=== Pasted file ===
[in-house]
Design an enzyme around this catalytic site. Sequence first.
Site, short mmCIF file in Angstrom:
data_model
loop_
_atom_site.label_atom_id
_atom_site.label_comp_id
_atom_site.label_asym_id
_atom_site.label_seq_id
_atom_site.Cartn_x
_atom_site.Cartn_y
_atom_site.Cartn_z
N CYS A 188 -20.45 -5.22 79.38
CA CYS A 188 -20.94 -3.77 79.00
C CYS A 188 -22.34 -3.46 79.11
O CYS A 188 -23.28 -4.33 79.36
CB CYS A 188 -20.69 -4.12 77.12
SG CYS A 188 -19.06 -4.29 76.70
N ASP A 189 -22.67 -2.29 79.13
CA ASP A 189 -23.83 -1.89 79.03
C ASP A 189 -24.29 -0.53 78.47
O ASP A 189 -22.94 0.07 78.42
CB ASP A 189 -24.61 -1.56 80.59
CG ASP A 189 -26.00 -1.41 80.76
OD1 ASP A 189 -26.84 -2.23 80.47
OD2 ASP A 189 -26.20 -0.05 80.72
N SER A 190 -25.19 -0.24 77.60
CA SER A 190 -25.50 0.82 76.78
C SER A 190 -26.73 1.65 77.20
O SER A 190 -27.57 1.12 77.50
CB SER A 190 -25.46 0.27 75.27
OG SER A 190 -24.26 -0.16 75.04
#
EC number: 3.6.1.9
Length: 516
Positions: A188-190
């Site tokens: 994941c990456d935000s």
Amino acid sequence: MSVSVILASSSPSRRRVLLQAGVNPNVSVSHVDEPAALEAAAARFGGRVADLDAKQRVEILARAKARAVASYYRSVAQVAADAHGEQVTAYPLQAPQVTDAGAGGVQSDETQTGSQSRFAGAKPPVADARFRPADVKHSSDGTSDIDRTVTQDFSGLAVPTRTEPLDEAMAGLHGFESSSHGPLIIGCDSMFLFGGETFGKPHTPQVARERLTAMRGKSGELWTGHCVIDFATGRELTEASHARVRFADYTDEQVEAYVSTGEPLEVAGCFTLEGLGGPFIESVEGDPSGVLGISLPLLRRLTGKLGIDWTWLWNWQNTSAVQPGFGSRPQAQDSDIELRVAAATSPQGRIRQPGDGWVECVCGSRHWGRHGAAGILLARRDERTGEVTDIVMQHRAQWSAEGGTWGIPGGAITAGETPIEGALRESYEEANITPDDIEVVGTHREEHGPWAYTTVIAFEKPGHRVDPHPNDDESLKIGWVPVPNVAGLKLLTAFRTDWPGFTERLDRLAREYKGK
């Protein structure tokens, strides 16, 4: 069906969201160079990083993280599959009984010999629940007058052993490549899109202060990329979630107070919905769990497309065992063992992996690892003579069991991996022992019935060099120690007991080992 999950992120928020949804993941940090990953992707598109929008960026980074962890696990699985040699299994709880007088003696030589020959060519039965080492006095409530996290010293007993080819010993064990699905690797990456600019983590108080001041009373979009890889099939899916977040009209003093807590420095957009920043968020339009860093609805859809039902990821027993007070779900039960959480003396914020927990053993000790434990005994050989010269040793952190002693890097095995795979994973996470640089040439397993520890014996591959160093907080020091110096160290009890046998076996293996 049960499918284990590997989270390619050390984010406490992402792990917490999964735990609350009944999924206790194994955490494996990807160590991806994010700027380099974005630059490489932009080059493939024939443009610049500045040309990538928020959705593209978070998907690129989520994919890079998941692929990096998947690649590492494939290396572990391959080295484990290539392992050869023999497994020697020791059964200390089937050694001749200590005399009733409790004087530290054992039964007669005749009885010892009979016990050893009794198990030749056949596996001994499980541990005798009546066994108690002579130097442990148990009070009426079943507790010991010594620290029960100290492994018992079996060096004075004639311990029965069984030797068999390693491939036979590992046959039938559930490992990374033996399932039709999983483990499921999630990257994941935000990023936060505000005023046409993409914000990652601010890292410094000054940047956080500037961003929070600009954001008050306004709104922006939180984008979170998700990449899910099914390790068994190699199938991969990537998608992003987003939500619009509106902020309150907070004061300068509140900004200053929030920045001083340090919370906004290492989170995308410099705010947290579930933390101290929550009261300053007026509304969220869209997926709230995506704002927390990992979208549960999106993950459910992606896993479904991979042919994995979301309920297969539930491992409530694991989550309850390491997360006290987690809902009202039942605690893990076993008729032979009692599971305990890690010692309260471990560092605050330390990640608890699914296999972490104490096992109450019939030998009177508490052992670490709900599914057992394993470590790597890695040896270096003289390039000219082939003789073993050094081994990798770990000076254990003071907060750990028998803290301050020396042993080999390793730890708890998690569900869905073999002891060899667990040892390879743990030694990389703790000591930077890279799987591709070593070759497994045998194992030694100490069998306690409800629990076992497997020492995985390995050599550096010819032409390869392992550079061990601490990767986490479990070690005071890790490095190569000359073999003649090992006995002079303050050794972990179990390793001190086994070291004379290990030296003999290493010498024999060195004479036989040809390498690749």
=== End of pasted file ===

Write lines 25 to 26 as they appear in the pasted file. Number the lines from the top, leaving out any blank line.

OD1 ASP A 189 -26.84 -2.23 80.47
OD2 ASP A 189 -26.20 -0.05 80.72